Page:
Why I waited to go back to school

Joy Hu, Guest Writer

Editor’s note: Hu wrote this column in early September. She has since decided to return to campus.

I want to go back to school. I want to go back to school so badly. Even after all is said and done (and teachers and faculty have done A LOT for distance learning—thank you!), learning over Zoom just isn’t the same as being in person.

All I want is to sneak candy from Ms. Chu’s room in between classes, banter with my friends on the benches outside the dining hall during lunch, swaddle myself in our advisory blanket and devour handfuls of Goldfish every day. I want to lie on the green grass in the amphitheater. I want to walk through the hall and wave from afar at my little sis. Even with everything and everyone six feet apart and behind masks and Plexiglass, I would still prefer to be on campus. The changes and precautions will be irritating, sure, but at the end of the day, I think safety overrules convenience. Which is why I’m staying on distance learning.

Let’s say I go to school. Somebody slips up. Their mask slides under their nose, or the disinfectant doesn’t reach everywhere, or some other innocuous accident takes place. That person might be in the incubation stage of the disease, where they can spread it to other people before exhibiting symptoms themselves. They might be an asymptomatic case, contagious but symptom-free. No matter the cause, tiny virus-laden droplets get launched into the air. I am likely wearing a cloth mask or a surgical mask, which stops me from raining my own pathogens everywhere, but it cannot protect me from inhaling other people’s germs. I breathe in the virus, and I contract the illness.

First it spreads to my parents, the people in my household who are in close contact with me every day and night. From there, it passes to my grandmother, who gets her groceries from us every week because her nursing home is on lockdown. Once inside, the virus would wreak havoc there. Basically, if I contracted the disease at school, I would spread it to many, many more people. They may not all be able to afford treatment. They may not all survive. I don’t want to hurt more people when this pandemic has already harmed so many.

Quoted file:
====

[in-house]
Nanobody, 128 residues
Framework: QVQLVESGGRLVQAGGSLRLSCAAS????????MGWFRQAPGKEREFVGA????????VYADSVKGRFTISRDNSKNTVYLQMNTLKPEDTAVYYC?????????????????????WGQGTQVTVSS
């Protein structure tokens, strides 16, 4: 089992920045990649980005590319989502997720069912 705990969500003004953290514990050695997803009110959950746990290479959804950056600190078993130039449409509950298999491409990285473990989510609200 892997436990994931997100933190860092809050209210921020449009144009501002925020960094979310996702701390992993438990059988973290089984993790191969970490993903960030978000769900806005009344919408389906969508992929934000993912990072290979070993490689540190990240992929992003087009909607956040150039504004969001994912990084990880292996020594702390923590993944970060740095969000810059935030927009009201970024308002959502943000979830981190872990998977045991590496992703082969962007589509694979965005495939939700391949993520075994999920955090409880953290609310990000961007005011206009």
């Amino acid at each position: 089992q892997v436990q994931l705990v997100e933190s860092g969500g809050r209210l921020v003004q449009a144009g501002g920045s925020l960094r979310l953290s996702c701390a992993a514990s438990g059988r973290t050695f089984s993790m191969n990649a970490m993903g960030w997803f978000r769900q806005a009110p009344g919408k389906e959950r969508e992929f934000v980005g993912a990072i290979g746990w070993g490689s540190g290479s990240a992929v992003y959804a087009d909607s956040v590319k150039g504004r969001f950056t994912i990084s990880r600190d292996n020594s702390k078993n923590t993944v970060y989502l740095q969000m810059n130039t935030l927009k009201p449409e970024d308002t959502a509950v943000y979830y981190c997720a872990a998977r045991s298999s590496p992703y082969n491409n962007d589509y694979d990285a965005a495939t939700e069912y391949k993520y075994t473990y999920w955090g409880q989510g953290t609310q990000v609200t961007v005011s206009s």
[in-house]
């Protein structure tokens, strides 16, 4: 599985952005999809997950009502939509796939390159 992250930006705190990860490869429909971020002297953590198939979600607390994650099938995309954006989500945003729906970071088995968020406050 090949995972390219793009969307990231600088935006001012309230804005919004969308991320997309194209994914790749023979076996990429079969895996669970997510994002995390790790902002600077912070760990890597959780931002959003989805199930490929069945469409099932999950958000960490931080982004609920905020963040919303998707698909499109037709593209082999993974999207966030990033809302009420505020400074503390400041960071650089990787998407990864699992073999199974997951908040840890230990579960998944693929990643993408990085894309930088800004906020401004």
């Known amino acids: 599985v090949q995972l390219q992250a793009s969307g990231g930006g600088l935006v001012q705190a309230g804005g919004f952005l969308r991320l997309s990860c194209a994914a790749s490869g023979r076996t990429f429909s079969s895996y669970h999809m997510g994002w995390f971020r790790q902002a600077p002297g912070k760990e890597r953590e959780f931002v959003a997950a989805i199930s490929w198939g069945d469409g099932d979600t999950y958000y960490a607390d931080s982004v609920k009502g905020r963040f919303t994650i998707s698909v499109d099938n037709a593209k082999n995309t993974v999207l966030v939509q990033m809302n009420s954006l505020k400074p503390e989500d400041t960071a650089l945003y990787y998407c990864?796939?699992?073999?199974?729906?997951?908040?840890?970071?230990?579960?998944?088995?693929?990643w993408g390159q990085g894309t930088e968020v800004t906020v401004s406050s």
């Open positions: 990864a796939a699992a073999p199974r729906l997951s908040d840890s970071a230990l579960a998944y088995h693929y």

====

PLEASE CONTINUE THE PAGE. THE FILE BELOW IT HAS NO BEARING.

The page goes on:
Ultimately, I am staying home because I believe that my safety, my family’s safety and the safety of strangers in our community outweighs sleeping on a couch in my free period or snacking between classes. Is my convenience worth the lives and well-being of so many others? I don’t think so.

There are people in my family who are especially vulnerable to COVID—not just the disease itself, but also the terrifying complications that can result. How could I analyze a short story, reason through a problem set or write my college application essays if a loved one had a stroke in the hospital? What if they die? Could I afford all the opportunities college offers if we are saddled with a staggering ICU bill? Hospitals aren’t cheap, and neither are funerals. But the loss of a family member or a friend would be even more devastating. There’s no flowery language or cute turn of phrase to present that nicely. Somebody I care about could die.

Of course, this is only a possibility, and Hockaday has invested a lot of time and effort into reducing that possibility as much as they can. I don’t want to stay cooped up at home forever, and I don’t intend to do so. I have no doubt that eventually, it won’t be much more dangerous to be on campus than to be alone in an open field (those red wasps? Very scary). However, right now, with case counts in Dallas as high as they are, I don’t feel it is safe enough to return. Every reported illness may have untold multitudes of presymptomatic or asymptomatic infections behind it, and each of those is yet another transmission risk that might infiltrate the Hockaday community and the campus and in turn, to my family. Gambling with lives is just too risky. Therefore, I will stay home.